In the literature on human cognition, awareness of what one knows is called “metacognition” and it is associated with a “feeling of knowing”. Smith and colleagues claim that investigating metacognition in animals could provide information about the relation of self-awareness to other-awareness (theory of mind), and that their results already show that “animals have functional features of or parallels to human conscious cognition” (Smith et al. 2003; Smith 2009). They also raise the question of what this might tell us about the phenomenal features of that cognition. Browne (2004) argues that the dolphin research cannot support the connection to theory of mind, but that it nevertheless is relevant to consciousness in dolphins, particularly within the theoretical framework provided by Lycan, described above. The notion of metacognition also seems relevant to questions about access consciousness.
For additional discussion of self awareness and metacognition, readers are again referred to the section on theory of mind and metacognition in the Encyclopedia's entry on animal cognition.
The increasing willingness of scientists to discuss consciousness in animals has also fostered renewed speculation about the evolution of consciousness. Ginsburg & Jablonka (2007a,b) attribute a primitive form of “overall sensation” as a by-product of even the simplest nerve nets in animals, but they argue that it is only as these states became harnessed during evolutionary time to learning and motivation that they acquired the functional properties of “basic consciousness”. They propose that this transition occurred in invertebrates, perhaps as early as the Cambrian. Cabanac et al. (2009) also refer to the motivational properties of consciousness as key to understanding its evolution. Citing evidence that amphibians lack certain physiological, anatomical, and behavioral markers of emotion — e.g., in response to handling frogs do not show a slowing of heart rate (aka emotional tachycardia) — they locate the key transition in the origin of the Amniote vertebrates, the lineage that includes reptiles, birds, and mammals. Edelman & Seth (2009) survey evidence for consciousness in birds and cephalopods, and they conclude that while the evidence for cephalopod consciousness is suggestive, it is not as good as the strong evidence for avian consciousness.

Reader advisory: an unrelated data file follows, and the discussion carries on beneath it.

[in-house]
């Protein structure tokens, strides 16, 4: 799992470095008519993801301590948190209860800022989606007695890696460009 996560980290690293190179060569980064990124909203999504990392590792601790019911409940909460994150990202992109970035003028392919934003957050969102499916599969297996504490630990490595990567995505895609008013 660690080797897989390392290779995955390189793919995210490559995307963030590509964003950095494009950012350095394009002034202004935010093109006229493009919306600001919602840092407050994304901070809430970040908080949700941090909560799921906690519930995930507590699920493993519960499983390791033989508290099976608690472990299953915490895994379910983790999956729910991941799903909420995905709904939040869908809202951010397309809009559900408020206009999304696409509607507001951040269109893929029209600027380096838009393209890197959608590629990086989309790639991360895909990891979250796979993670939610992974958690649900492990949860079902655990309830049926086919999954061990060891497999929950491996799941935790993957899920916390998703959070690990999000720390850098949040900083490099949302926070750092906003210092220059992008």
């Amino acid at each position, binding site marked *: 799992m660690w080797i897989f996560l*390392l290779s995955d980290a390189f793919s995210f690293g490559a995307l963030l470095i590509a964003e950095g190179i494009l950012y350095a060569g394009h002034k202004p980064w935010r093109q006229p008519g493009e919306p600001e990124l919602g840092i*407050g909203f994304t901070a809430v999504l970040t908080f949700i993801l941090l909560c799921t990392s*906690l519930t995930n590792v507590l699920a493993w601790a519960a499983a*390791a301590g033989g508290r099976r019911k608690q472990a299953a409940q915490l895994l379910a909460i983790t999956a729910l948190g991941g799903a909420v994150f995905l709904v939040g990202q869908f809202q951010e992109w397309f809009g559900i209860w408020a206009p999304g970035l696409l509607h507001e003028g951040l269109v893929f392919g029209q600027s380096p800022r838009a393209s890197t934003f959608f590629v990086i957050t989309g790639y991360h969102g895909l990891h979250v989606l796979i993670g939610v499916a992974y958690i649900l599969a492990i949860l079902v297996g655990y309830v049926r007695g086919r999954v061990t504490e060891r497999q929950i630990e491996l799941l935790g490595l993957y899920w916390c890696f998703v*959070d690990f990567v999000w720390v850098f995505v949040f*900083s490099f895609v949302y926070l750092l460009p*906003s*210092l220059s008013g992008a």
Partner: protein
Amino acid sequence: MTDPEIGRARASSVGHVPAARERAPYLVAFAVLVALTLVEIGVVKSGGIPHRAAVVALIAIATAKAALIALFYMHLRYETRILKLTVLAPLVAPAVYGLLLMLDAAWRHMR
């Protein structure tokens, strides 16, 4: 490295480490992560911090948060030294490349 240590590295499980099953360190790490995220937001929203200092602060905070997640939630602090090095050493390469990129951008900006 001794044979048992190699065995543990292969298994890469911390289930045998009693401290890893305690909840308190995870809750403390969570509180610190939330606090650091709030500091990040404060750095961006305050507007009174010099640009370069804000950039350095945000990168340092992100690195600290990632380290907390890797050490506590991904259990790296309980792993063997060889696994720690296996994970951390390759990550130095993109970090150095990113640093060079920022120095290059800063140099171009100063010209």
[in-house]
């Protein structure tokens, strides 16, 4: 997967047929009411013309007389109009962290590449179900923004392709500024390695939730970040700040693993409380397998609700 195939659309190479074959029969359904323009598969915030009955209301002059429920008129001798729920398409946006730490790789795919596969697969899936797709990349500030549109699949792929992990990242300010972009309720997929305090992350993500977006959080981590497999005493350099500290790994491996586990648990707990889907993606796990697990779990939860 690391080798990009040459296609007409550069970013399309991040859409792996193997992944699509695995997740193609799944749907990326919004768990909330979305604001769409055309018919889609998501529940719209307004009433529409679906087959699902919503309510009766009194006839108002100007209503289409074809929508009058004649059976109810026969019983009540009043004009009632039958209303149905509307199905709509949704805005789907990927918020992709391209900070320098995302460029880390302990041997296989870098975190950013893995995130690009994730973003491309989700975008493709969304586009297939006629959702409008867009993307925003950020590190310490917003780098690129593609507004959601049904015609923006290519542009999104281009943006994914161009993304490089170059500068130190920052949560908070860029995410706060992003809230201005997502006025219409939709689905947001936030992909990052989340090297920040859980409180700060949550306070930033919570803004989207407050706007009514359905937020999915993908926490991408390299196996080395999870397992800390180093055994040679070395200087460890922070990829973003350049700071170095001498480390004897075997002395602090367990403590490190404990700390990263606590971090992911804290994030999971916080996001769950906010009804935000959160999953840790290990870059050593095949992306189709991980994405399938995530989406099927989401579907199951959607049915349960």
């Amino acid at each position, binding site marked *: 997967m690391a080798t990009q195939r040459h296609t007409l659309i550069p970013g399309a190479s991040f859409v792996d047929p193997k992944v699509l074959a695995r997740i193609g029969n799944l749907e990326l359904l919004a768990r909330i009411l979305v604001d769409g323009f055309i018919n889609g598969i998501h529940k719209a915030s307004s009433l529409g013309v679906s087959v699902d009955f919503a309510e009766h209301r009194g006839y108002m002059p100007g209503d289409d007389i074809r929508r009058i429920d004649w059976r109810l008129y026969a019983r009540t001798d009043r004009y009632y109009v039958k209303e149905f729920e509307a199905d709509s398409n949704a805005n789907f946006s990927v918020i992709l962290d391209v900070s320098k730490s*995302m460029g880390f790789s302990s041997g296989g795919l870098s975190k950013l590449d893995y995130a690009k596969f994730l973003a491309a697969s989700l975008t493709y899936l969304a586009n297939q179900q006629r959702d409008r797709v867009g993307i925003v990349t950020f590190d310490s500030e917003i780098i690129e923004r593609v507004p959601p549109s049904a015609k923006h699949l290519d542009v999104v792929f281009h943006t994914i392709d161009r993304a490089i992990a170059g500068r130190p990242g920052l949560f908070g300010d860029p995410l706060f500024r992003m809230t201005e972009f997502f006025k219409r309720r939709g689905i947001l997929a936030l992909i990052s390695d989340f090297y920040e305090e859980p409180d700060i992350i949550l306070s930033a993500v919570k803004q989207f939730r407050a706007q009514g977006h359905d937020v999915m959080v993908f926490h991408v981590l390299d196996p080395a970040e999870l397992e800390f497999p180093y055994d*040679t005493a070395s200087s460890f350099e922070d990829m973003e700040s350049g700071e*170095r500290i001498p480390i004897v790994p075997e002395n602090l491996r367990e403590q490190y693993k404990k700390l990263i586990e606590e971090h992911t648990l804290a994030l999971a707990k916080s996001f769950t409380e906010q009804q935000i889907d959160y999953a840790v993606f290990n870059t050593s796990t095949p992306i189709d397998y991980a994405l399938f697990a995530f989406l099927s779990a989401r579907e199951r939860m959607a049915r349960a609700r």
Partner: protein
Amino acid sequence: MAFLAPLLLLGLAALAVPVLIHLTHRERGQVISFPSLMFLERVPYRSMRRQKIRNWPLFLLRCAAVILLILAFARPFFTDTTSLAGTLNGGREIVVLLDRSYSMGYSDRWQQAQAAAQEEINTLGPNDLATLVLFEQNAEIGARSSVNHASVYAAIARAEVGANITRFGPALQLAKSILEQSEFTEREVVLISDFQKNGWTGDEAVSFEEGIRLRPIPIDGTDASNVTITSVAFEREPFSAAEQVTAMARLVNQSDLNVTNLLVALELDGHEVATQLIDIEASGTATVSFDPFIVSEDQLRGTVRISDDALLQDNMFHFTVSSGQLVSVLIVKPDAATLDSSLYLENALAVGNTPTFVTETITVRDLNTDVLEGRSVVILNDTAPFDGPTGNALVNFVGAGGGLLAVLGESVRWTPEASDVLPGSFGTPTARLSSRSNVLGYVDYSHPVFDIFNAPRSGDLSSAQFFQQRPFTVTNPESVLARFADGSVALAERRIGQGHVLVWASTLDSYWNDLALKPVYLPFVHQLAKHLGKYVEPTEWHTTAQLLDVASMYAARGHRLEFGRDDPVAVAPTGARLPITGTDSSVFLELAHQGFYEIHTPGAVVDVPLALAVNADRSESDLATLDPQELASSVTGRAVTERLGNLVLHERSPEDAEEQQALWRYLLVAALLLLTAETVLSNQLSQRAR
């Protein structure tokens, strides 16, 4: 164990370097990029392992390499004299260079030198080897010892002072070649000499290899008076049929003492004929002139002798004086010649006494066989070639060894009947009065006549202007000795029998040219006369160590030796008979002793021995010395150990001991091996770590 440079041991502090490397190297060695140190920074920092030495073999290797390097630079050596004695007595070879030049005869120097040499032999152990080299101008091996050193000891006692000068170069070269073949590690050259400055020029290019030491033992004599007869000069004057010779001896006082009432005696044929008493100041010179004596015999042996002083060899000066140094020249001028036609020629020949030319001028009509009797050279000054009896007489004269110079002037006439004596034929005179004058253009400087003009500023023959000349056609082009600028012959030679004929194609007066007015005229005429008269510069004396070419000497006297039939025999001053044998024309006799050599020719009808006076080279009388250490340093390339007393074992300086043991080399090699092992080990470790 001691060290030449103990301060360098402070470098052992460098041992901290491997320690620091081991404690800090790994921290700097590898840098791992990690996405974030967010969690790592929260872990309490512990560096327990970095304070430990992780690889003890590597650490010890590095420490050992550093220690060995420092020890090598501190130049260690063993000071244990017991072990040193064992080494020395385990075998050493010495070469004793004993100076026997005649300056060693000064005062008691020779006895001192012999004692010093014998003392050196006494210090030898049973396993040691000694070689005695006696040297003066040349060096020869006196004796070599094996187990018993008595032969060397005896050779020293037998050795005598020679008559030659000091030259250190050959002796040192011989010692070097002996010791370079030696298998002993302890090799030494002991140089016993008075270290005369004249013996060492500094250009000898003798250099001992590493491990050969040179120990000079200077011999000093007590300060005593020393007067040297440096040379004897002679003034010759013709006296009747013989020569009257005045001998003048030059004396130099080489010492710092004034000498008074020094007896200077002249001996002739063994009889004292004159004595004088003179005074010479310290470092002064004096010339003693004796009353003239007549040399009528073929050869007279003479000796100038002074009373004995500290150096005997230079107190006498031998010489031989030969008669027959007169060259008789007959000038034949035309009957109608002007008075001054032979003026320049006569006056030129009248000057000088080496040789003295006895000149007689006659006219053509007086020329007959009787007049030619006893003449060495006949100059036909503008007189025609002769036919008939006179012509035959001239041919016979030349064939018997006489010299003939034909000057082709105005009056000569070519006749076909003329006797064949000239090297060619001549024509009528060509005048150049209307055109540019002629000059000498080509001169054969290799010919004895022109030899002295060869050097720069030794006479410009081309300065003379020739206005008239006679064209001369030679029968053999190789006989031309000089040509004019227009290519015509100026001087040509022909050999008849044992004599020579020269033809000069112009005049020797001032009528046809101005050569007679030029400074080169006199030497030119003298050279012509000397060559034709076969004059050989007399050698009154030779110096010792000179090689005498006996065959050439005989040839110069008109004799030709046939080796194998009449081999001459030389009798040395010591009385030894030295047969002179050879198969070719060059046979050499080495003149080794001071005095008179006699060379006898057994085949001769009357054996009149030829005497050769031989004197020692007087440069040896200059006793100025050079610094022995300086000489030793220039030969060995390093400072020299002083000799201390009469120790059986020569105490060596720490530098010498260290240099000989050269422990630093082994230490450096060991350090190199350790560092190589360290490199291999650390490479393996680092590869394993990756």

An article such as this perhaps raises more questions than it answers, but the topic would be of little philosophical interest if it were otherwise.
To philosophers interested in the moral status of animals the issue of animal sentience is of utmost importance. This is due to wide, but by no means universal, acceptance of the biconditional statement:
[A]: animals deserve moral consideration if and only if they are sentient (especially possessing the capacity to feel pain).
Some philosophers have defended the view that animals are not sentient and attempted to use one of [A]'s component conditionals for modus tollens. Indeed Carruthers (1989) even argued that given their lack of sentience, it would be immoral not to use animals for research and other experimentation if doing so would improve the lot of sentient creatures such as ourselves. He has more recently backed off this view (1998b), denying [A] by claiming that sentience is not the sole basis for moral consideration, and that animals qualify for consideration on the basis of frustration of their unconscious desires. Varner (1998) disagrees with Carruthers by arguing for conscious desires throughout mammals and birds, but like Carruthers he also rejects [A], arguing for an even more inclusive criterion of moral considerability in terms of the biological “interests” that all living things have.
Others are inclined to use the other component conditional of [A] for modus ponens, taking for granted that animals are conscious, and regarding any theory of consciousness which denies this as defective. In this connection it is also sometimes argued that if there is uncertainty about whether other animals really are conscious, the morally safe position is to give them the benefit of the doubt.
For many philosophers of mind, the topic of animal consciousness is no longer only of peripheral interest. Many scientists and philosophers believe that the groundwork has been laid for addressing at least some of the questions about animal consciousness in a philosophically sophisticated yet empirically tractable way. Yet there remain critics from both sides: on the one hand are those who still think that subjective phenomena are beyond the pale of scientific research, and on the other are those who think that science and philosophy have not moved far enough or fast enough to recognize animal consciousness. The arguments on both sides are by no mean exhausted.
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animals, moral status of | behaviorism | Brentano, Franz | cognition, animal | consciousness | consciousness: and intentionality | consciousness: higher-order theories | consciousness: representational theories of | dualism | epiphenomenalism | folk psychology: as a theory | intentionality | other minds
The author would like to acknowledge the assistance of Ronak Shah in preparing the 2009 revision of this entry.